Market Sentiment is the overall consensus about a particular security or market in general. This can be one of Bullish, Bearish or Correction.
A bullish sentiment describes a market condition when prices are on the rise or expected to grow. The phrase usually refers to the stock market but can also be applied to any security in markets like asset classes, bonds, commodities, or real estate.
While there’s no hard and fast rule to designate a bull market, typically, a market is considered a bull when stock prices rise by 20% or more after a 20% decline and before another 20% drop.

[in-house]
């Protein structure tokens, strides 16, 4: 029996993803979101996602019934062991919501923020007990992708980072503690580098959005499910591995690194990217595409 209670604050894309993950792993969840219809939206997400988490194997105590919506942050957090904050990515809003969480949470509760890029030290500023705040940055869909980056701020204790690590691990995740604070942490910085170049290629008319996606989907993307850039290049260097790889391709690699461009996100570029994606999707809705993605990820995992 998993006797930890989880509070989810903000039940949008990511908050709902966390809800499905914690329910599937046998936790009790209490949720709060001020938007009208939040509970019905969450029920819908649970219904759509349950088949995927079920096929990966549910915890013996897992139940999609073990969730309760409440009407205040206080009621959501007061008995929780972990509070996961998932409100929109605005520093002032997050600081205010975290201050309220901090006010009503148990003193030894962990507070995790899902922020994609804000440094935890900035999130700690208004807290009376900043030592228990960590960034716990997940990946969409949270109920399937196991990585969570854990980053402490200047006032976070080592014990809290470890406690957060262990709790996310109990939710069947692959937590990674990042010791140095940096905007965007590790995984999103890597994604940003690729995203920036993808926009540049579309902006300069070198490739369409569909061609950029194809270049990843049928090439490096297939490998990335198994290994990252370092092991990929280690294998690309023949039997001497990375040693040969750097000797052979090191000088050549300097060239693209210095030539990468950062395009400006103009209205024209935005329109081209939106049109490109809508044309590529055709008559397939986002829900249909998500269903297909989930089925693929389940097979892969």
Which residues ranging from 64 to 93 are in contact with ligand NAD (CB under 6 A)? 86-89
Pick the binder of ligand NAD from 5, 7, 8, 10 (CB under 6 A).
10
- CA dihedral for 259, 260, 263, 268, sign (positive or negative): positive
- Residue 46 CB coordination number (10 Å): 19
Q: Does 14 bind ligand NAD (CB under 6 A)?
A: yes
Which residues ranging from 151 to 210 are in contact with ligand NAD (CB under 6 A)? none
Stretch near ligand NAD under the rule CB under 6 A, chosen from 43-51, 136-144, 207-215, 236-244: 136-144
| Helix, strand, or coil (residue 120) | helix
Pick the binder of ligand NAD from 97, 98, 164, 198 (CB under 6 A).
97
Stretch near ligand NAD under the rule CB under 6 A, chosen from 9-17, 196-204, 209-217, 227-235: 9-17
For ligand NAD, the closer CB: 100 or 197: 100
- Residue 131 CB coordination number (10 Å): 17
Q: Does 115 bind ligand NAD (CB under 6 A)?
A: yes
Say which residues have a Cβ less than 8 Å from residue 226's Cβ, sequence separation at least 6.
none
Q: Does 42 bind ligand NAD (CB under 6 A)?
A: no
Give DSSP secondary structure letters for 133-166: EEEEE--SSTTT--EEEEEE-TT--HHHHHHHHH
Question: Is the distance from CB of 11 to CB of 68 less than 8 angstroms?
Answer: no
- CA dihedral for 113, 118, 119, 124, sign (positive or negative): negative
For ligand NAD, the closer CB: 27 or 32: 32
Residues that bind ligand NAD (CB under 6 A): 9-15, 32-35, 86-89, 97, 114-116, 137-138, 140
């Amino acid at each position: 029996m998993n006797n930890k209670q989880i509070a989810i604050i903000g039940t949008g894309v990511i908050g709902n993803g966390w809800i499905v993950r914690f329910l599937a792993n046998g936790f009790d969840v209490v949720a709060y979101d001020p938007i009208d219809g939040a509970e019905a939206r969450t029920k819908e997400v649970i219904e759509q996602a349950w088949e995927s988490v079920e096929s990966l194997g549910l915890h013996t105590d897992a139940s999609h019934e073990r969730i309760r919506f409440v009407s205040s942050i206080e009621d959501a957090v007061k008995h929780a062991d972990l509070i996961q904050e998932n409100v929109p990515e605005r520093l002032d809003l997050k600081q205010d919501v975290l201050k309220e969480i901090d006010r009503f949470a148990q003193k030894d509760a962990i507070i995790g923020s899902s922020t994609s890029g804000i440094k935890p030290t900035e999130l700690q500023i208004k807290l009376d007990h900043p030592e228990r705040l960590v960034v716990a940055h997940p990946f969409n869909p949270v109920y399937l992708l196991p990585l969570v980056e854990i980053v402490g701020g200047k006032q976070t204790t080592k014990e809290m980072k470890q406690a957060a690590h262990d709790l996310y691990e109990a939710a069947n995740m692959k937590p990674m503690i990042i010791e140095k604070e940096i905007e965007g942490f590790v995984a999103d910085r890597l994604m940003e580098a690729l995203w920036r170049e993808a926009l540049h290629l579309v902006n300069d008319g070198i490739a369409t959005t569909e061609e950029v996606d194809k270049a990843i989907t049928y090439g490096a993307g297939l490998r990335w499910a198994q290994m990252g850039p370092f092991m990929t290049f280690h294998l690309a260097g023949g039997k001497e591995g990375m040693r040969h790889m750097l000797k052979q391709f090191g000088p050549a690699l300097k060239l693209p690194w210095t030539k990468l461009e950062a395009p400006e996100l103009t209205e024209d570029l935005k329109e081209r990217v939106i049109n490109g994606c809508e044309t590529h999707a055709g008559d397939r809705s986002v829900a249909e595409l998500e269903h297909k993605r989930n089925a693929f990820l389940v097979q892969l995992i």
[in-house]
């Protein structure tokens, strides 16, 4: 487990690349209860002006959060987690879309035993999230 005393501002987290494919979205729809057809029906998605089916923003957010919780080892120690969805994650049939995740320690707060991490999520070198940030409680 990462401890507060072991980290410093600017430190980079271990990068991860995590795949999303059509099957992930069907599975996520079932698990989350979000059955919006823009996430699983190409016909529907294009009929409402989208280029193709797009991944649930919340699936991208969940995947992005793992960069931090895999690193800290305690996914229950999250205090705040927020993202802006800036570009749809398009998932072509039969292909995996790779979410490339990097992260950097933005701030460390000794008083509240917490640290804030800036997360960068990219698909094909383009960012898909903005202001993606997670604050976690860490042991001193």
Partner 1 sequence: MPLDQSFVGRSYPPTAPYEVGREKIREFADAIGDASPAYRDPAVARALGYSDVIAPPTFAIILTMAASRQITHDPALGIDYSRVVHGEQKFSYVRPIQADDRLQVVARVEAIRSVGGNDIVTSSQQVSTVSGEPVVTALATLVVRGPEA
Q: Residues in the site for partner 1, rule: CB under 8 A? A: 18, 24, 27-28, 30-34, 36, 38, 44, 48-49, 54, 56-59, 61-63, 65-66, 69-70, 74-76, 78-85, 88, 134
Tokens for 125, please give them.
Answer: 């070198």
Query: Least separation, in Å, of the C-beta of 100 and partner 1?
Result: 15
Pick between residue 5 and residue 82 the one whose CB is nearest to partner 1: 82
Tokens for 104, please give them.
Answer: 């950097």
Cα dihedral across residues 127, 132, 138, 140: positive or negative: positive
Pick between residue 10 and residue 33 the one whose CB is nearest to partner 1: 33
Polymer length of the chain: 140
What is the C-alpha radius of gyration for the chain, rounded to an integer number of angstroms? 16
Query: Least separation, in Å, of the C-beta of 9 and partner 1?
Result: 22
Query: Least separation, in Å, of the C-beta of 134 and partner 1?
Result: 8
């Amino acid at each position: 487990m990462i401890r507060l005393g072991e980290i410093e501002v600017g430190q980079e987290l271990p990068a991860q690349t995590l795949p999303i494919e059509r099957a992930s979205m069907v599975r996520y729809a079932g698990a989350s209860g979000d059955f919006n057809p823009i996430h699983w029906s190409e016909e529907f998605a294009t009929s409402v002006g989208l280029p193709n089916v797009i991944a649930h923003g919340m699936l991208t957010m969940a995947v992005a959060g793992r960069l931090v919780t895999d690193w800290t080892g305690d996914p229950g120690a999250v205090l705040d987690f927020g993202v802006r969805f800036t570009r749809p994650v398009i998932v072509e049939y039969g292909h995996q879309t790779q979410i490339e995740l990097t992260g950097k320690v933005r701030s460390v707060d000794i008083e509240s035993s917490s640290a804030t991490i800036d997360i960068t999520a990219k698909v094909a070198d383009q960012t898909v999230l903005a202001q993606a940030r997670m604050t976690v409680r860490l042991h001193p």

Bull markets are long-term trends and usually last several months or years.
A bearish market sentiment is one that is in a prolonged period of decline in security prices. Typically, a market is considered bearish when prices of security falls 20% or more from their 52-week high.
A correction market sentiment is a decline of 10% or more in the price of a security from its most recent peak. Corrections can happen to individual assets, like an individual stock or bond, or to an index measuring a group of assets. Corrections can last anywhere from days to months, or even longer.
While damaging in the short term, a correction can be healthy , adjusting overvalued asset prices and providing buying opportunities.
Market Sentiment – Intermediate